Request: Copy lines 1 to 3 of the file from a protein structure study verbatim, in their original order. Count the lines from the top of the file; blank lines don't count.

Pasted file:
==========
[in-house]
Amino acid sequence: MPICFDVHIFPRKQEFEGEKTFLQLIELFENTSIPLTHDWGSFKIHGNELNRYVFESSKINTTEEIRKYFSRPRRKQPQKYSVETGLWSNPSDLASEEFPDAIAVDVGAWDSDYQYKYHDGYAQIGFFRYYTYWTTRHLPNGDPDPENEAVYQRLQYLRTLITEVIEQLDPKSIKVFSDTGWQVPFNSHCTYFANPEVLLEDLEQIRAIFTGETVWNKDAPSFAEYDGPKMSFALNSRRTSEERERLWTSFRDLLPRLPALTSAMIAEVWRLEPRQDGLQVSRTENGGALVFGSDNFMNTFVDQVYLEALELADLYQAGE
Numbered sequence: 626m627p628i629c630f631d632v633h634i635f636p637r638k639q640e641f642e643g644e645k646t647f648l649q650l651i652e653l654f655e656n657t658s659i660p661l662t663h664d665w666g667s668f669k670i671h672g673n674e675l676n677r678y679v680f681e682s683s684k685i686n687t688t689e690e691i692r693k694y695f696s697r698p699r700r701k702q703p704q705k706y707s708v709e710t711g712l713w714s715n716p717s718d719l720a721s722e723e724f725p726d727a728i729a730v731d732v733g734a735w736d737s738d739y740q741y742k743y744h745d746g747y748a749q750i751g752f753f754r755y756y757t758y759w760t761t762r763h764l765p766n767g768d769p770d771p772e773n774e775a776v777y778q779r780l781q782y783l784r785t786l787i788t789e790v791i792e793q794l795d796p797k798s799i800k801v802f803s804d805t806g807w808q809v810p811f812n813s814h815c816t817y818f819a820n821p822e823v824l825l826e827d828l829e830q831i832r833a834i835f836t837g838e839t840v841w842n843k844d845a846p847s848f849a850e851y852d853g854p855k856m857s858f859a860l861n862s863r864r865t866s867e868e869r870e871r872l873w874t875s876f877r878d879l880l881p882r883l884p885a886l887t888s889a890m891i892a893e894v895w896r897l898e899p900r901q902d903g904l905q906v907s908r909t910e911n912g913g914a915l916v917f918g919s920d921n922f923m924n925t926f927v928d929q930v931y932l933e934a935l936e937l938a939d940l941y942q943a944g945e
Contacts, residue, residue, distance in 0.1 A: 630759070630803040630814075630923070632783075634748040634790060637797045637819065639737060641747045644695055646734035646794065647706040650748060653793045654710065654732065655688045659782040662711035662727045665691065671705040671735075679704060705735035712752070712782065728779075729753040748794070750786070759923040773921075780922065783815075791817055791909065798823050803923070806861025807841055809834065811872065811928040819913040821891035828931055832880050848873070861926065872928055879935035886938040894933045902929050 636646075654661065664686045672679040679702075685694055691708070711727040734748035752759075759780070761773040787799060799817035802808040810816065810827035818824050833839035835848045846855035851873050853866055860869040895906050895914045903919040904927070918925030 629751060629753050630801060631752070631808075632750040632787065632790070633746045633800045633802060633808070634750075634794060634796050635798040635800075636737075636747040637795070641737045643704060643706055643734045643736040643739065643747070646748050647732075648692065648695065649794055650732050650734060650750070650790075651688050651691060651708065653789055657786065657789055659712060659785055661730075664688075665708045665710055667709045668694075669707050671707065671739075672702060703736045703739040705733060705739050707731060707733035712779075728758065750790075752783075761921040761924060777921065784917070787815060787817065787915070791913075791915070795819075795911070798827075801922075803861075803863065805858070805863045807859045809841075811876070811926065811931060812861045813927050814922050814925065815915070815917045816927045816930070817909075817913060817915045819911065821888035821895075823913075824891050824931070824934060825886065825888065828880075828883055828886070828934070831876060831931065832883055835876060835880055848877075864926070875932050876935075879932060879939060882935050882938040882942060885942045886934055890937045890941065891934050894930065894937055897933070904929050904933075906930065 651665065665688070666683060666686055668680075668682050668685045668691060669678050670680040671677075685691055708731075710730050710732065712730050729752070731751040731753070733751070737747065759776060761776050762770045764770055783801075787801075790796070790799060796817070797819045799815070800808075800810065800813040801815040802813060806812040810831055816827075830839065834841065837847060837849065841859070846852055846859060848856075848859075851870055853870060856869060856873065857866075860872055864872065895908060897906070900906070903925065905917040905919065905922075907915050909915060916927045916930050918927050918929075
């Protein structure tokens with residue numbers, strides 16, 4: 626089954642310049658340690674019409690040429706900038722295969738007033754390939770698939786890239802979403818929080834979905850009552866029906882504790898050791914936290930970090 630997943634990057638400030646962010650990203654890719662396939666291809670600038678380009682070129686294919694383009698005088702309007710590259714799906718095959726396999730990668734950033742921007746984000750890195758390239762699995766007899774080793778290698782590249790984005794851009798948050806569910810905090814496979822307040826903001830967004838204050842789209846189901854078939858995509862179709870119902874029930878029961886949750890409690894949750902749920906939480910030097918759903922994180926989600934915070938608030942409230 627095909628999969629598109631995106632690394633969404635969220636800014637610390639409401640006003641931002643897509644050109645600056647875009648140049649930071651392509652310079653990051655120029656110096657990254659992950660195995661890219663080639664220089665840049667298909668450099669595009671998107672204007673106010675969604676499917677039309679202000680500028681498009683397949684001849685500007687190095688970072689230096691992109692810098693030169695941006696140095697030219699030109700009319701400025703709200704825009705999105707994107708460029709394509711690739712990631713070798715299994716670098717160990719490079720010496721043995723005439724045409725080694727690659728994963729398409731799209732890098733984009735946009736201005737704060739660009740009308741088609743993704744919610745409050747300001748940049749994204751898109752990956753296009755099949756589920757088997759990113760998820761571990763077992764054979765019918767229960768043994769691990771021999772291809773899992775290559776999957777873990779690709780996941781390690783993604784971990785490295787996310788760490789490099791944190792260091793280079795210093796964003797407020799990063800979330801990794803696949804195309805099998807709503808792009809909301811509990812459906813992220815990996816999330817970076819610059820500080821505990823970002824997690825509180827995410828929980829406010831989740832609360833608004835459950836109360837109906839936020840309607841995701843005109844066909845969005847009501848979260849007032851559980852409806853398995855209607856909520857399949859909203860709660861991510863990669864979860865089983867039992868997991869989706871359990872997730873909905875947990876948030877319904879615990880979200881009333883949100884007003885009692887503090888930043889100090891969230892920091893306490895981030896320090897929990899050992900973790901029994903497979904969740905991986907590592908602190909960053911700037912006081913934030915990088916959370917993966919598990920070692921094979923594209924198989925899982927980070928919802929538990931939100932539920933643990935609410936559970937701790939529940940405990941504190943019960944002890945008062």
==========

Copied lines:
[in-house]
Amino acid sequence: MPICFDVHIFPRKQEFEGEKTFLQLIELFENTSIPLTHDWGSFKIHGNELNRYVFESSKINTTEEIRKYFSRPRRKQPQKYSVETGLWSNPSDLASEEFPDAIAVDVGAWDSDYQYKYHDGYAQIGFFRYYTYWTTRHLPNGDPDPENEAVYQRLQYLRTLITEVIEQLDPKSIKVFSDTGWQVPFNSHCTYFANPEVLLEDLEQIRAIFTGETVWNKDAPSFAEYDGPKMSFALNSRRTSEERERLWTSFRDLLPRLPALTSAMIAEVWRLEPRQDGLQVSRTENGGALVFGSDNFMNTFVDQVYLEALELADLYQAGE
Numbered sequence: 626m627p628i629c630f631d632v633h634i635f636p637r638k639q640e641f642e643g644e645k646t647f648l649q650l651i652e653l654f655e656n657t658s659i660p661l662t663h664d665w666g667s668f669k670i671h672g673n674e675l676n677r678y679v680f681e682s683s684k685i686n687t688t689e690e691i692r693k694y695f696s697r698p699r700r701k702q703p704q705k706y707s708v709e710t711g712l713w714s715n716p717s718d719l720a721s722e723e724f725p726d727a728i729a730v731d732v733g734a735w736d737s738d739y740q741y742k743y744h745d746g747y748a749q750i751g752f753f754r755y756y757t758y759w760t761t762r763h764l765p766n767g768d769p770d771p772e773n774e775a776v777y778q779r780l781q782y783l784r785t786l787i788t789e790v791i792e793q794l795d796p797k798s799i800k801v802f803s804d805t806g807w808q809v810p811f812n813s814h815c816t817y818f819a820n821p822e823v824l825l826e827d828l829e830q831i832r833a834i835f836t837g838e839t840v841w842n843k844d845a846p847s848f849a850e851y852d853g854p855k856m857s858f859a860l861n862s863r864r865t866s867e868e869r870e871r872l873w874t875s876f877r878d879l880l881p882r883l884p885a886l887t888s889a890m891i892a893e894v895w896r897l898e899p900r901q902d903g904l905q906v907s908r909t910e911n912g913g914a915l916v917f918g919s920d921n922f923m924n925t926f927v928d929q930v931y932l933e934a935l936e937l938a939d940l941y942q943a944g945e